After a few hours we reach the glacier that even since our recent map was made has receded quite a bit, and the wild and cold glacial river now cuts off the track we are supposed to follow. We climb the glacier from the side but decide that it will be too dangerous to traverse it and the screefield on the other side, so instead of camping on the 'campsite' that is supposed to be at 3000m, we put up our tents on a nice field close to the glacier. At 2500m it is not the altitude we had in mind for acclimatization purposes, but the view is magnificent and as there are no other human beings around, we enjoy the greatness and peace of the mountains.

Azau Valley, Thursday 1st July

After a nice sleep we wake up in another day of blue skies and the frost of the night is chased away quickly by the first comfortable sunrays. We pack our stuff and slowly head back through the valley towards Azau village. Niall trips twice on the rocks but the damage is limited to a bloody hand and a bruised knee.
When we arrive at the cable car station we meet the Americans again. They made an acclimatization hike to 3800m which went well. Just Phil, the oldest and most experienced of the lot seemingly forgot his sunglasses and now suffers from snow blindness. We are told that also the first part of the cable car will be stopped for maintenance; it covers the first boring, hot and dusty part of the trail and as we don't feel like hauling up our full packs over the hot scree we readjust our plans and join the group up., leaving excess gear in the small hotel at the station.

At the first station at 2970m our ways separate; the Americans are only carrying light daypacks and they continue quickly to the "Barrels" a set of huge oil drums that houses 4 persons each, located at 3800m.
We take some time to dress up for the next part next to some Russian mountaineers who happily celebrate their summiting with a bottle of champagne.

Slowly we continue up the slopes toward the second cable station, "Mir". Our packs are heavy and the track steepens, especially the last snow slope before Mir where we zigzag up scares Saskia. Guided by a trail of empty Vodka bottles dropped from the cablecar onto the snow we arrive around two o'clock at Mir. As the gondola is our of service for the next few days, we decide to erect our tent inside the station.
To acclimatize some more ('Go High, Sleep low') we hike up toward the Barrels and pay the Americans a visit. Natascha serves us some tea and just before dusk enters we run down the empty ski slope (20minutes!) between the Barrels and Mir.

After a large portion of Bami Goreng with Falafel we feel the temperature dropping fast and we shiver ourselves into our tents. In the last light of day I had seen a lonely climber below Mir; it appears to be a Russian who joins our little camping spot making a lot of noise before he finally goes to sleep. But the Mir itself is the real annoying one here as some generator is making a constant noise at an irritating frequency and I don't sleep much all night.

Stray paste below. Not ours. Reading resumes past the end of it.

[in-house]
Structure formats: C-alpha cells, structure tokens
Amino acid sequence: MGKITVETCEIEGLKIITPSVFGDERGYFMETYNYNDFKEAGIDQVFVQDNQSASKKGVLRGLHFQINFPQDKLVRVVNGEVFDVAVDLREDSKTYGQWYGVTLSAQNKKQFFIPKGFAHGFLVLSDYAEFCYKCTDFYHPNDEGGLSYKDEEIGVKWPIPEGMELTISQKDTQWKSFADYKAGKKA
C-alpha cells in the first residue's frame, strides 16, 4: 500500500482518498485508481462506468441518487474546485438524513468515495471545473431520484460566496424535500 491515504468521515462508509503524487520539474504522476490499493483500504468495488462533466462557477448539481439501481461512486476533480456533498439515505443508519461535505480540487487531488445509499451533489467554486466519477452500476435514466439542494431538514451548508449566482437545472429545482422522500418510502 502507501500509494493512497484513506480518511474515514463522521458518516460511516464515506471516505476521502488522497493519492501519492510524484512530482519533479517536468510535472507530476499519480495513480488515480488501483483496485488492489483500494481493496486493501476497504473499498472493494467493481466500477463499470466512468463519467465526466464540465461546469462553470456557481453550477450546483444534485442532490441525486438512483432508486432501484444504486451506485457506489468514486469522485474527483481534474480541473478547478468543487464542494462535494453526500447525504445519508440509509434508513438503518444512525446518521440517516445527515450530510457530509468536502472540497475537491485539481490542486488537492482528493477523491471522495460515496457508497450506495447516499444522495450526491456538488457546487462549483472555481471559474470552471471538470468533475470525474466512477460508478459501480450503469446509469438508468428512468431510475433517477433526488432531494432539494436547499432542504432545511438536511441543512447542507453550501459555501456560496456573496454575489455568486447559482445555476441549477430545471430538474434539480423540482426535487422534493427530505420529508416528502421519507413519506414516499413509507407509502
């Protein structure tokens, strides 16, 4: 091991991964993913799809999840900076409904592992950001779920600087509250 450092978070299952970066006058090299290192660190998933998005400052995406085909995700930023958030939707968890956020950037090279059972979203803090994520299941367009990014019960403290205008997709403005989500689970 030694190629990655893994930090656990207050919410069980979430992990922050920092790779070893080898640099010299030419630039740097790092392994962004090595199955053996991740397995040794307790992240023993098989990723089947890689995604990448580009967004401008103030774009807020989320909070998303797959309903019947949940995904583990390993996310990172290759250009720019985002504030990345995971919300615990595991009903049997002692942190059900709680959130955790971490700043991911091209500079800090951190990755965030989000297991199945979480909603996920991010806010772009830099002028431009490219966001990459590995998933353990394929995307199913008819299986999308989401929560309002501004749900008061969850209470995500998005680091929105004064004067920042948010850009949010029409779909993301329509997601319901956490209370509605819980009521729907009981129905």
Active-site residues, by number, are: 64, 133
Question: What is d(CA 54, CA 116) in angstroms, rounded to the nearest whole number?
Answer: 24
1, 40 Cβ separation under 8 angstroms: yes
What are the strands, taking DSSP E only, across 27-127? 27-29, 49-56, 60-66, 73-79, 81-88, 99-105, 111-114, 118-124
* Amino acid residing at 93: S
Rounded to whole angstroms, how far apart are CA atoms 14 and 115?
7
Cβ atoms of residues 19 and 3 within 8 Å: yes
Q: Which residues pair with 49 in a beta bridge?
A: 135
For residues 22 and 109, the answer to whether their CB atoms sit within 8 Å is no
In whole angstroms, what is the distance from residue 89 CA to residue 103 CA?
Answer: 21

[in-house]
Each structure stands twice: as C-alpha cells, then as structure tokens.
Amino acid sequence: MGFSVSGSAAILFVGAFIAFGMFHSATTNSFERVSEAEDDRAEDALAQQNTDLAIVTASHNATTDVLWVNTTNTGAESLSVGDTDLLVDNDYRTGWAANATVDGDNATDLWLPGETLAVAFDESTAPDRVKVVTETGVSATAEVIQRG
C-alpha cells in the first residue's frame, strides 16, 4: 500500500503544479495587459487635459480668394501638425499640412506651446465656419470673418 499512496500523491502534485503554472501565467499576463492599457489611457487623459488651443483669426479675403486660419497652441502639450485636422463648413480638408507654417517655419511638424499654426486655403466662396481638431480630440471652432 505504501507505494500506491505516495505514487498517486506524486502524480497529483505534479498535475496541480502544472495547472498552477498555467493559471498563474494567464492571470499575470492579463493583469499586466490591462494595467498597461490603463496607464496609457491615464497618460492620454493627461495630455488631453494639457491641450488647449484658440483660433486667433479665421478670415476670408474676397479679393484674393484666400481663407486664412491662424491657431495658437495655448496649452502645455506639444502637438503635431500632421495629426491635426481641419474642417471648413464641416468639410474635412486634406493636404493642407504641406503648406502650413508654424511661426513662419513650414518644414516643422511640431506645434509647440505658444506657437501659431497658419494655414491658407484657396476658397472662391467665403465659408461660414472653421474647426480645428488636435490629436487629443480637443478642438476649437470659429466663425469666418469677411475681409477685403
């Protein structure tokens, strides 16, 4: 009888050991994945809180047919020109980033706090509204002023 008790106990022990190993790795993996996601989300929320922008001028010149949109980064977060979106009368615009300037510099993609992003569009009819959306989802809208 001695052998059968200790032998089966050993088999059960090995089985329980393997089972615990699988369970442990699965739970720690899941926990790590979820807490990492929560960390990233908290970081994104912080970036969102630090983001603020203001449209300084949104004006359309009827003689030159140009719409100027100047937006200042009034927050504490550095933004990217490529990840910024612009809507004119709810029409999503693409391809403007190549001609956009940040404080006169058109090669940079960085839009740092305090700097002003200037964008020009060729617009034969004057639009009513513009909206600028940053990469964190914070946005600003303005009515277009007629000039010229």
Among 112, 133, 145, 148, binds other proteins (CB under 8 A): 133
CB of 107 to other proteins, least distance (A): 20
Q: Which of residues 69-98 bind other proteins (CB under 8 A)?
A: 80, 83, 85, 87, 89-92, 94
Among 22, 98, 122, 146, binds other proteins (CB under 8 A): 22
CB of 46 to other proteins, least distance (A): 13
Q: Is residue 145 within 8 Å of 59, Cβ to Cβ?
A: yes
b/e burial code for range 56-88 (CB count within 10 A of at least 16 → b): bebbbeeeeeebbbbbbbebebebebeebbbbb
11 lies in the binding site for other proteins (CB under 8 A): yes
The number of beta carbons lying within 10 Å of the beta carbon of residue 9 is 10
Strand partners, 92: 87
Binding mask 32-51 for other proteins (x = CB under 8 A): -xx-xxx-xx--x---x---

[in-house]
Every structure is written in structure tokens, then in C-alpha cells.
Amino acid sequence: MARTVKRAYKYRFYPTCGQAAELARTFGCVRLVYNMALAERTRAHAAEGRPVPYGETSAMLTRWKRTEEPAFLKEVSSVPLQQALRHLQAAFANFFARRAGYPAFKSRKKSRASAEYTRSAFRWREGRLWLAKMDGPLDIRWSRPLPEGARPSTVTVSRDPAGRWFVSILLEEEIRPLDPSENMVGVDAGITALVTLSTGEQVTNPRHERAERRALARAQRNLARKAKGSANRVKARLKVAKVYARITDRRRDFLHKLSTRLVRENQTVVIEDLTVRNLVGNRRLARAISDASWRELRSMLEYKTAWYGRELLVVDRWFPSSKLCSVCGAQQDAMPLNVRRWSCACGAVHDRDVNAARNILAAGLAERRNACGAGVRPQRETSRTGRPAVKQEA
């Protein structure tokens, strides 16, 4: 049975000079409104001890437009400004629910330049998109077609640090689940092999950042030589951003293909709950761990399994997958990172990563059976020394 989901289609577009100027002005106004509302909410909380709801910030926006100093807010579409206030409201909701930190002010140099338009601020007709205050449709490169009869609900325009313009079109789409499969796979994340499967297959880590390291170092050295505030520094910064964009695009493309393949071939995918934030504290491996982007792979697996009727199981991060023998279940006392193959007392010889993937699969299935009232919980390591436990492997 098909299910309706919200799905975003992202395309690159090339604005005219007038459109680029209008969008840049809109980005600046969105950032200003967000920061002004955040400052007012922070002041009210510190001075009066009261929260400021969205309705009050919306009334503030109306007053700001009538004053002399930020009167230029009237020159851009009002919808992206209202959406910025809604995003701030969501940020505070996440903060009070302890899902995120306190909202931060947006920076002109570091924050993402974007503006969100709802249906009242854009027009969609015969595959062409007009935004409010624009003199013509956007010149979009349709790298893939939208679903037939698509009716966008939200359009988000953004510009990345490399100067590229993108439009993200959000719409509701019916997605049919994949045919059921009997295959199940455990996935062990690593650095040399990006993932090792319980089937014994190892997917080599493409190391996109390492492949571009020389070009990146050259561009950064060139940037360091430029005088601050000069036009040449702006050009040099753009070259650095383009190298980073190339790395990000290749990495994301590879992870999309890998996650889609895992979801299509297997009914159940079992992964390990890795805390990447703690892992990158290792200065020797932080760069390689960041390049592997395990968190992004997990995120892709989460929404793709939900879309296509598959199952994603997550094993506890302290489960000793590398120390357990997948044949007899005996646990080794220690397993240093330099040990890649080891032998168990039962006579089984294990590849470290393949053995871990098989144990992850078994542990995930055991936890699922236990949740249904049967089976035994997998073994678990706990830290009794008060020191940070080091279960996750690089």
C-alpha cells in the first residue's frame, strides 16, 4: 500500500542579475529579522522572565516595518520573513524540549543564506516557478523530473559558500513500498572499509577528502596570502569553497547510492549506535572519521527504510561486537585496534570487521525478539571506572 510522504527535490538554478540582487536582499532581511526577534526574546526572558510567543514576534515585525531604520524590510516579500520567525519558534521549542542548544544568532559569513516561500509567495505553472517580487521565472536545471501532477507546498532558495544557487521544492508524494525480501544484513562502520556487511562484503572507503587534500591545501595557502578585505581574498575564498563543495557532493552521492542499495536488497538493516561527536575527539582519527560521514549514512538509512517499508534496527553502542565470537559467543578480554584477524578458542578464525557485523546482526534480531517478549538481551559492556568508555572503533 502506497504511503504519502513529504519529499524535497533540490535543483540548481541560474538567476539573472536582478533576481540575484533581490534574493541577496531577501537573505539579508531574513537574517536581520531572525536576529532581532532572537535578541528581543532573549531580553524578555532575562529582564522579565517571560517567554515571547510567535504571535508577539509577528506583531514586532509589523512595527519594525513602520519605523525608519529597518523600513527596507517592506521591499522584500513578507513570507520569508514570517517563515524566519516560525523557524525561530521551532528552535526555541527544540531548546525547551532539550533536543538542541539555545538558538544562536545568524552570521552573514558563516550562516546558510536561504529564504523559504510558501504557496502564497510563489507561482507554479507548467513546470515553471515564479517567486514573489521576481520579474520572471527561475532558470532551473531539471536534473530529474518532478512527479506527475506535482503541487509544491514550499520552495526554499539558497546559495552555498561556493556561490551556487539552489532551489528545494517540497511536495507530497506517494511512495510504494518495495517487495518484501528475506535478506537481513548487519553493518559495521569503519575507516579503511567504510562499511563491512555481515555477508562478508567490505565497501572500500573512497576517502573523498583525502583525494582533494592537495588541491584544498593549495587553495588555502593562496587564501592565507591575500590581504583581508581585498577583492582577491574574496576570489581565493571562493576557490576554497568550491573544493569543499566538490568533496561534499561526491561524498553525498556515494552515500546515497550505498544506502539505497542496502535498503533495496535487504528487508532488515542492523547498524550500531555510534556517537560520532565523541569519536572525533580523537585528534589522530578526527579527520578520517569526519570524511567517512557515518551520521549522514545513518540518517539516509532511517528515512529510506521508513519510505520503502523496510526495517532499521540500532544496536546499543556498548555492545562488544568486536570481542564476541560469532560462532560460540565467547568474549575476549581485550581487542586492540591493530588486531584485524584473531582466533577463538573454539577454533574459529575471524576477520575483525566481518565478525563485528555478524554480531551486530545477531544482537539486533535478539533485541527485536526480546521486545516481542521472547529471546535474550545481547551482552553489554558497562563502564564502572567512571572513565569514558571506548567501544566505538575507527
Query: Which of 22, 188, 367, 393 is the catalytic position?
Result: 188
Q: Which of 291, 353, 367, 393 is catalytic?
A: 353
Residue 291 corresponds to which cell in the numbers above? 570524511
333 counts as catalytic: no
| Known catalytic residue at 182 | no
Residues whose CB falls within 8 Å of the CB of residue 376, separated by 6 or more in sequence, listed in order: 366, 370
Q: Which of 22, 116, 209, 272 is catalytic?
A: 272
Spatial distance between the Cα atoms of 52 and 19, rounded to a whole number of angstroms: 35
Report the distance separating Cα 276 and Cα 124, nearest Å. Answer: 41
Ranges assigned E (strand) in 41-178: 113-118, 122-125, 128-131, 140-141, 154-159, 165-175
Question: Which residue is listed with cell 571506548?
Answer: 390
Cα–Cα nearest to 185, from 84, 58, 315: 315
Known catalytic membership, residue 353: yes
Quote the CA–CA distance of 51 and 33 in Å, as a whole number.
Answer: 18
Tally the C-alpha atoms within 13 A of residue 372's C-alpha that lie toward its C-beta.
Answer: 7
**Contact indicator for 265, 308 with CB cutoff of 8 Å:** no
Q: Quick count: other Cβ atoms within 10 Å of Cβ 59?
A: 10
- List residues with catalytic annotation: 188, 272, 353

Mir Station- Priut 11, Friday 2nd July

I'm not sure if it is the bad night or the altitude, but this morning I don't feel too well. We warm up our socks and shoes in the first rays that penetrate Mir's dirty windows and enter a completely incomprehensible conversation with our Russian colleague. He doesn't carry a stove and is clearly happy with the mug of hot tea we offer him.

Fully packed we step up to the Barrels where we are welcomed by the stereotypical signs of snowboarders: Loud grunge & house music! And yes, a large group of Russian youngsters totally satisfy the conditions for being a non-conformist snow lover: tiny beards, shorts and volume at 10. The sun has improved the weather so much that the girls are tanning in their bikinis while we enter the camp in our full gore-tex!
We are pointed toward a well that is dug out in the snow where we can refill our bottles with water. We continue over the immense Gabarashi glacier while every now and then a snowboarder comes down via improvised ramps and jumps.
After about an hour we reach the sad remains of Priut 11. This huge hut, once built for scientific research even survived the German invasion, but in the summer of 1998 it burned down completely. A climber tried to put out a small fire in the crowded kitchen area with the first liquid that was around. Unfortunately it was not water but fuel, a substance not known for its extinguishing features, and soon all that was left of Priut 11 was a smoking steel frame and a few brick walls. According to some climbers this was actually a blessing for the mountain as it was no fun place to be due to the enormous smell rising from toilets and trash dump in the back…